It is highly unlikely that you will be able to purchase everything on your list, so you'll have to begin to narrow things down. Focus on the things you want for this year. For many families, a packaged curriculum is the largest single expense. Consider this choice carefully. Will you be using all of the curriculum, or only portions? Will you have to supplement it with additional materials? Can you purchase different materials that cover the same ground? Consider whether or not the ease of using a packaged curriculum justifies the expense. Would you prefer to spend those dollars on different materials? Read the sister article to this one: Evaluating Educational Materials. These are personal decisions and there is no single correct choice, but it is important to consider the options before laying out the money.

Now we're finally getting to the money part of the equation. How much can you afford to spend? Do you plan to purchase most of your materials in a big chunk each year, or will you purchase smaller amounts of materials each month? This factor may have a significant impact on what you can afford to spend. If you're like me and only plan your educational program out a month at a time you'll want a more flexible budget. I tend to buy student text and work books when the children need them and not before... Plus we use the library a great deal for finding resources for our unit studies. Unit studies can cut the cost of homeschooling considerably - but it can also bump the cost up if your children are anything like many I know, the ones who love to get right into the topics, making costumes and reproducing artefacts, etc...

Look over your wish list again. Now that you know what you can afford to spend, you can transform your wish list into a shopping list. Most likely, your money won't go as far as you'd like. Can you reduce expenses by purchasing used items? Can you borrow materials from the library rather than purchasing them? Ask the librarian to get books in for you...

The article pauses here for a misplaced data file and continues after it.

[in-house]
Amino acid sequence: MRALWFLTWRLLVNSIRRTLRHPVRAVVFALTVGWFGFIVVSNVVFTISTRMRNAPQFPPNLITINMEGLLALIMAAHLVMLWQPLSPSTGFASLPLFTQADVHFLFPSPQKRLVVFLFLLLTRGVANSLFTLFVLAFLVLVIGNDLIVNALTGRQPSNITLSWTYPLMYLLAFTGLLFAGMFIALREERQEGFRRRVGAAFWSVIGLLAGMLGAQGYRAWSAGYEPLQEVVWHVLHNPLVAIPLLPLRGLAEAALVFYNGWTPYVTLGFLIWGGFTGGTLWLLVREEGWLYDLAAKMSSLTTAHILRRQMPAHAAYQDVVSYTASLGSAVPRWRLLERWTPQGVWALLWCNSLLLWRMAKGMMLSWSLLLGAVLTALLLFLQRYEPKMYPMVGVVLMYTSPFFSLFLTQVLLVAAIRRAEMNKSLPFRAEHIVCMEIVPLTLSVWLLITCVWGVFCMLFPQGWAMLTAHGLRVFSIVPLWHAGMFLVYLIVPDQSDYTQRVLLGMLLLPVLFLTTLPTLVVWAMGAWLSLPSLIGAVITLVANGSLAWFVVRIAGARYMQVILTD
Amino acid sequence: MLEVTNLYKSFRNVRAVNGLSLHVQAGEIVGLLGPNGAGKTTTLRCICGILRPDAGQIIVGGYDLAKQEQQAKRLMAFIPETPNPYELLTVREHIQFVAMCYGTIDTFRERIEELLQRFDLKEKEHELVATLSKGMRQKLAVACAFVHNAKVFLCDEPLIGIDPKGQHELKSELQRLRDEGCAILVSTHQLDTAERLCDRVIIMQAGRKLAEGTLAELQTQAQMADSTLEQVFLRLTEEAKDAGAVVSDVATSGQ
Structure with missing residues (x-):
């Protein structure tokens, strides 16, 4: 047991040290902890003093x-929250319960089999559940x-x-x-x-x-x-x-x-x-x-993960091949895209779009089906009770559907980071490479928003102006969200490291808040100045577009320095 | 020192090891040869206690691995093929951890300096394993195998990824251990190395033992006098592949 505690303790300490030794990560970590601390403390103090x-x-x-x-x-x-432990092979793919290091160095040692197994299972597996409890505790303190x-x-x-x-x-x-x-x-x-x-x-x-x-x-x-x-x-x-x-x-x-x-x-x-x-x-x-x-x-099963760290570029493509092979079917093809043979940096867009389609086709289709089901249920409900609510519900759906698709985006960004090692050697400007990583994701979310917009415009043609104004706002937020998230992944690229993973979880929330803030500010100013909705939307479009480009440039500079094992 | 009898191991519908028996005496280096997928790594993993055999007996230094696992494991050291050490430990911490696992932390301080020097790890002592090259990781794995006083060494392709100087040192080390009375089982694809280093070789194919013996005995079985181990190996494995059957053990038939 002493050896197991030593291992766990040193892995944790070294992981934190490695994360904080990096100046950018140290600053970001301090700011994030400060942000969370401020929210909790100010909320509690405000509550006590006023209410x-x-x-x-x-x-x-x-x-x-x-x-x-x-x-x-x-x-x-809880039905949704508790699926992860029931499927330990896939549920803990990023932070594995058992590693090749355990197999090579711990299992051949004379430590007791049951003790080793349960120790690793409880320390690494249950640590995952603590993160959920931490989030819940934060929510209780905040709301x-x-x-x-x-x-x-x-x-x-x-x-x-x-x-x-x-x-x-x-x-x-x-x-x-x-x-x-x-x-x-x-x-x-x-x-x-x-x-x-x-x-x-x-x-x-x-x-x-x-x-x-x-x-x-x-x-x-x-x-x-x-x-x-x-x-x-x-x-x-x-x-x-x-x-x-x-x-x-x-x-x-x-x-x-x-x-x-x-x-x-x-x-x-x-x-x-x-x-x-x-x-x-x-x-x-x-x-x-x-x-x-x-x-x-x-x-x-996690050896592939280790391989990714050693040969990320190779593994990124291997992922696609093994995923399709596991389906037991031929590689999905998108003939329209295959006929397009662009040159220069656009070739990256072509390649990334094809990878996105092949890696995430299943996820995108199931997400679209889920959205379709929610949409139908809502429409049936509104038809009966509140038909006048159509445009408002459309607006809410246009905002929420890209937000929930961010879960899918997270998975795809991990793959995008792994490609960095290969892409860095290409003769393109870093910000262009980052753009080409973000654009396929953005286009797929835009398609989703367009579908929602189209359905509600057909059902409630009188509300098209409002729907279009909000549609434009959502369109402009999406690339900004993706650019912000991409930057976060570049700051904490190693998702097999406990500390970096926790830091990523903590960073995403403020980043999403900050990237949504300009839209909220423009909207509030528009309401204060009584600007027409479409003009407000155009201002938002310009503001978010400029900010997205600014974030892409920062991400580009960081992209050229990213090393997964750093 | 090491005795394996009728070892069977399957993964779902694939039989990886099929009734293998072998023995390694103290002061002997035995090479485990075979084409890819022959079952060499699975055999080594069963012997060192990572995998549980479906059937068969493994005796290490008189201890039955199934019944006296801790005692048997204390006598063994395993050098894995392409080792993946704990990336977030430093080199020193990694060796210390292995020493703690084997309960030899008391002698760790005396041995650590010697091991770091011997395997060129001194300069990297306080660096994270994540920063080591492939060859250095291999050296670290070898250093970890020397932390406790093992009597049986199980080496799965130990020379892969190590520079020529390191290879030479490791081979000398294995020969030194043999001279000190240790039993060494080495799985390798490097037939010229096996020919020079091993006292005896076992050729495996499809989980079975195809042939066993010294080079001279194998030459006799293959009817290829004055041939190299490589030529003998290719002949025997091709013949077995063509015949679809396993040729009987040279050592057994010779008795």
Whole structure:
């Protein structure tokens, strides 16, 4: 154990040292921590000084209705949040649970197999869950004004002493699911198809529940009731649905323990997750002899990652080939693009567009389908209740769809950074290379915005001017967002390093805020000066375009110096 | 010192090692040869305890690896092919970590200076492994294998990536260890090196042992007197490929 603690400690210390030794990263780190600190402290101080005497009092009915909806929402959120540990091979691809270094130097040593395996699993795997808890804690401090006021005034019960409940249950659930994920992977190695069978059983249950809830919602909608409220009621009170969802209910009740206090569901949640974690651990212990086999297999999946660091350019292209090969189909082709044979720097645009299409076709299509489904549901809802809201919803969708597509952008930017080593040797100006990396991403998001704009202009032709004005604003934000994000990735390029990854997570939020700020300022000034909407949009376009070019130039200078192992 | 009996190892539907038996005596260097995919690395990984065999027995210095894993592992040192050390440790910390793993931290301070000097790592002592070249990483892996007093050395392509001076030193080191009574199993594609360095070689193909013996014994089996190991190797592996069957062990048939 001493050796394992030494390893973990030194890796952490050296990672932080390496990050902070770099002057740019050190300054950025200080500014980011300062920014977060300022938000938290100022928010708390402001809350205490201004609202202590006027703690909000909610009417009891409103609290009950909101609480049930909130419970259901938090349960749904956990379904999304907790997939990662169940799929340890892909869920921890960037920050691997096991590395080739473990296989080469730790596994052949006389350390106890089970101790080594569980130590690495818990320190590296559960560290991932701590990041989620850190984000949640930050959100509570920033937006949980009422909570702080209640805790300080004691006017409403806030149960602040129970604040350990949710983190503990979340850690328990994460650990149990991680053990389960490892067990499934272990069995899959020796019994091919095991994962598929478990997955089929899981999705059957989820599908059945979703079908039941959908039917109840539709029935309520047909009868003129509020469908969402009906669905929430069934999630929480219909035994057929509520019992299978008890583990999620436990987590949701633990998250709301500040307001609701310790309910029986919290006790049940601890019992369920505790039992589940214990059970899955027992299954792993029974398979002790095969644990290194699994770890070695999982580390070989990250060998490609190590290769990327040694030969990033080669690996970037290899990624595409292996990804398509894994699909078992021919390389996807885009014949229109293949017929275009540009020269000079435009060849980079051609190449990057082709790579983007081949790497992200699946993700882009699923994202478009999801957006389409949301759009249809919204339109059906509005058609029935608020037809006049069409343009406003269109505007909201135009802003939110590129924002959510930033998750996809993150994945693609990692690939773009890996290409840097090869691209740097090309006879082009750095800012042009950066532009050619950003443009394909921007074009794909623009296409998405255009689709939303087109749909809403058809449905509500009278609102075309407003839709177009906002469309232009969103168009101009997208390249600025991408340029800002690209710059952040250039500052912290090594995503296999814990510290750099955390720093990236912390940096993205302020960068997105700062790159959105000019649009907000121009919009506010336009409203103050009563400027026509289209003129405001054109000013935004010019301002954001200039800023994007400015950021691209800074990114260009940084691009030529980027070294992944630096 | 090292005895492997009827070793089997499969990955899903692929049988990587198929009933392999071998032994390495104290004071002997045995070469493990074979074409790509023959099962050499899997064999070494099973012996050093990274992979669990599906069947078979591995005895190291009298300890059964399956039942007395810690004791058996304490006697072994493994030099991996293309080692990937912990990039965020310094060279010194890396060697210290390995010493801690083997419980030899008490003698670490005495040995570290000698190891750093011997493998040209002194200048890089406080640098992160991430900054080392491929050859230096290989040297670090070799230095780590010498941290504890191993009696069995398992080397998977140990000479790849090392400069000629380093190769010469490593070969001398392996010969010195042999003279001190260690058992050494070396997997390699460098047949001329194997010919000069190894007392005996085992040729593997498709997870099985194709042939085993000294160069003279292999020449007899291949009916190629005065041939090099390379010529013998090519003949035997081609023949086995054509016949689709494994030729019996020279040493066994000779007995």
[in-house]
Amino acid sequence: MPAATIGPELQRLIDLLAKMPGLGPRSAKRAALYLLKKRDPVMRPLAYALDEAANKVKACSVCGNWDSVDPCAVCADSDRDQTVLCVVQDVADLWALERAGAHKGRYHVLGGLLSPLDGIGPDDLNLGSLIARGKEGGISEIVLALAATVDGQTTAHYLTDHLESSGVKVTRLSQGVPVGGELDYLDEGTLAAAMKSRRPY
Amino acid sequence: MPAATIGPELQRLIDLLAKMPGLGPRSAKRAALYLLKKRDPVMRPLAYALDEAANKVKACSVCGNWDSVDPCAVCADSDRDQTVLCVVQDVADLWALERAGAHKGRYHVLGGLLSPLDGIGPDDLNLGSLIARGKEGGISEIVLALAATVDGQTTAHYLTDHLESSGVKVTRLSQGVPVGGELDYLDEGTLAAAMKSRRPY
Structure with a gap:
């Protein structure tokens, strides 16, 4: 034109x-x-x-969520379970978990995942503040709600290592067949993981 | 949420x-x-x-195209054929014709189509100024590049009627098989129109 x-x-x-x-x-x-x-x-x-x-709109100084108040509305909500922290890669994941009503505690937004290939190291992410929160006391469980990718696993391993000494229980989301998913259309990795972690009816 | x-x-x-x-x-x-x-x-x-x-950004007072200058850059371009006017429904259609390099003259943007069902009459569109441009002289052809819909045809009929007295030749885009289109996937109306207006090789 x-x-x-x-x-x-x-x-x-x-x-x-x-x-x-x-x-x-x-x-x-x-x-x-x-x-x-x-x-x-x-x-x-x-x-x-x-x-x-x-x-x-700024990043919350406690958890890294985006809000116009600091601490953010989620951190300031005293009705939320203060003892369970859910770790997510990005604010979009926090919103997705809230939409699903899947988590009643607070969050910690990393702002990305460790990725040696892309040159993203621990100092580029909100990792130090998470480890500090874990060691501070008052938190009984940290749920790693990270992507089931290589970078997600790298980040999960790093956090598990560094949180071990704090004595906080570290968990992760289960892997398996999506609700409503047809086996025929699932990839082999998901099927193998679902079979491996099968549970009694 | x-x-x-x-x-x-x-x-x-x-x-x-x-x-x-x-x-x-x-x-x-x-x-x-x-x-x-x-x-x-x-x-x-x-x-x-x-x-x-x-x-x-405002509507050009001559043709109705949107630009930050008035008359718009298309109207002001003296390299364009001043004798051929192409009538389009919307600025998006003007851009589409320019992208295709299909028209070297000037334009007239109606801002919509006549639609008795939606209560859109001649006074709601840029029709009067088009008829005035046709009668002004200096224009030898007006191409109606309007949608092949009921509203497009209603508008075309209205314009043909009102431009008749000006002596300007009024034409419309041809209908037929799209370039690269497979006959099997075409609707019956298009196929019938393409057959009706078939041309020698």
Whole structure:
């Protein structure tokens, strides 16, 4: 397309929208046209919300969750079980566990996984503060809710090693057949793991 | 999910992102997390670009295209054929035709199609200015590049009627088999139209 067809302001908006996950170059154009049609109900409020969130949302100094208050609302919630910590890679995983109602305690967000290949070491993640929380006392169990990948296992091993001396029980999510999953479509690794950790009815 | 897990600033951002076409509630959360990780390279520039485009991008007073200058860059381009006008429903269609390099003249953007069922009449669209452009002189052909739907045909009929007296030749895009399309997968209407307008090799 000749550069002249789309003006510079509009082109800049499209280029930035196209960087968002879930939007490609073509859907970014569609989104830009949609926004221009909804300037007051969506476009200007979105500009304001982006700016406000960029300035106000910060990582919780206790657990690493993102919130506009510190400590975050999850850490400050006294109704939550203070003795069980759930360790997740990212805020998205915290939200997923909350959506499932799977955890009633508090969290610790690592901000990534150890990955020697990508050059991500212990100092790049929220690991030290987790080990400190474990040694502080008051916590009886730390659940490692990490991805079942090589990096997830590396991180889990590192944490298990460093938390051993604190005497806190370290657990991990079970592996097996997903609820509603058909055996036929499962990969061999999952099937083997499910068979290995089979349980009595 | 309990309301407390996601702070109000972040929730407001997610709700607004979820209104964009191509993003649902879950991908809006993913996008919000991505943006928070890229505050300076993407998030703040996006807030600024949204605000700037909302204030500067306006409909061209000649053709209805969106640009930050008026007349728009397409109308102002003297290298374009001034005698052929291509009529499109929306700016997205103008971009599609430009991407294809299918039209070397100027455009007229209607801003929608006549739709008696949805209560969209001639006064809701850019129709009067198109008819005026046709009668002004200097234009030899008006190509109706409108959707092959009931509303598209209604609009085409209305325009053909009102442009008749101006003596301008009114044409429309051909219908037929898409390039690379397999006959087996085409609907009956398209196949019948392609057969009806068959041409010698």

With a little bit of ingenuity you can recycle household waste into educational materials. A friend used bread tags for math counters; another made a scrabble board and game from a relatively clean pizza box. Perhaps you can start a resource library with homeschooling families in your neighbourhood? Don't throw out those old clothes - save the buttons and recycle the fabric into the craft or junk box. You'll find the junk box one of your children's favourite haunts...

Don't forget to stick to your wish list. This is really the key to staying within your budget. Don't buy any homeschool items that are not on your list. If your needs change, rewrite your shopping list. Getting carried away at Office Max or the local teacher supply store can easily be the death of your budget. Review your wish list and your expenditures at least once a month to be sure they are in alignment.

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Together with the support of my family, my aim is to help parents educate their children in stress-free, nurturing environments. In addition to building and maintaing this website, I continue to create and manage local and national home educating networks, help to organise conferences and camps, as well as write for, edit and produce newsletters, resource directories and magazines. I am an active support of national, state, regional and local home education groups.

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The information on this website is of
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This site merges and incorporates